While trying to make sense of Dean Moody-Adams’ resignation, many have pointed out a striking similarity in the situation to Dean Austin Quigley’s forced resignation in 1997, as chronicled in the New York Times. Although Quigley was reinstated as Dean a mere weekend after his resignation, the story highlights some of the important issues at stake in the battle between the Dean of the College and the central administration.
In ’97, Quigley got into a very serious dispute with then-president George E. Rupp, about the extent to which the College, (with its powerful alumni and their even more powerful donating potential), should be subordinate to the Arts & Sciences administration. Quigley was strongly opposed to surrendering some of his autonomy as leader of the College to David Cohen, the VP of Arts & Sciences. In Bwog’s ongoing research into the origins of Moodygate, we’ve found that while faculty and alumni are still the dark about what exactly prompted Moody-Adams’ dramatic decision, it is emblematic of a long history of the College’s struggle for autonomy, of which the Dean of the College has traditionally been the chief defender. It is also clear that this process of centralization is widely known to be on top of President Bollinger’s personal agenda, although it was a process that began in the ’80s, long before his tenure.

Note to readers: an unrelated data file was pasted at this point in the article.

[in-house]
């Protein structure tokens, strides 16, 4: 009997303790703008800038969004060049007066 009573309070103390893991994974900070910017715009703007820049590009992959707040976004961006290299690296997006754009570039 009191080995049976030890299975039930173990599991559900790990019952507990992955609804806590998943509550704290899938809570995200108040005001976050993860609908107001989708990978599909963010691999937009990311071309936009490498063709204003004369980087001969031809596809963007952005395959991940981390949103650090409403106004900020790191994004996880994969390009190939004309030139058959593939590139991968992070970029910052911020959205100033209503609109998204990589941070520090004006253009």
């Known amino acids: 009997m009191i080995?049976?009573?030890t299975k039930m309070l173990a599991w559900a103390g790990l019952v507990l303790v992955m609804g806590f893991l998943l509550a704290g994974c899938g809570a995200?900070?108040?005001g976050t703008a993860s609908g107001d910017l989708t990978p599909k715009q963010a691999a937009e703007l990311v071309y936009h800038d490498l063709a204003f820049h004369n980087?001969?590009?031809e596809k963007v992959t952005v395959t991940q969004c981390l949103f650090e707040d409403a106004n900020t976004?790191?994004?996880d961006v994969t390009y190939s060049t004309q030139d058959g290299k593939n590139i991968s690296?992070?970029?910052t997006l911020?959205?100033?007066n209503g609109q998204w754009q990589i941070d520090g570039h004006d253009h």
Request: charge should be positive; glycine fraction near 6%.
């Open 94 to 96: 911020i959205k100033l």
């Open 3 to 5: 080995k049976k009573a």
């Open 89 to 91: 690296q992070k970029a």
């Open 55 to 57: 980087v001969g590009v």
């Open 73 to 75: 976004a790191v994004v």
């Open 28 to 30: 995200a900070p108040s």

Quigley (who eventually stepped down in 2008) was restored by what has been described an “alumni revolt.” However, he was an extremely visible presence on campus, and immensely popular with students in a way that Moody-Adams has never been. Now that she has been effectively forced to leave by PrezBo, it is extremely unlikely that she will be reinstated.
During her two years as Dean, MiMoo had a reputation for complying with her administrative superiors, and was seen as unwilling to take on the centralizing forces. This makes her resignation all the more dramatic, given her past deference. While Moody-Adams was not seen as an outspoken critic of the President in the way that Quigley was, there’s clearly a major conflict at hand, one that is closely related to the allocation of resources to the College and the way in which they use them.
There is some speculation from our sources that the issues in contention involved the size of the College’s class (which has grown larger in the last few years, prompting some housing debacles) and most importantly its commitment to financial aid. These are serious allegations and there is widespread concern among both the active alumni networks and faculty that the College is being forced to fall into line with the central administration’s wishes in ways that, as per Moody-Adams’ e-mail: “will ultimately compromise the College’s academic quality and financial health.”
Image via WikiCU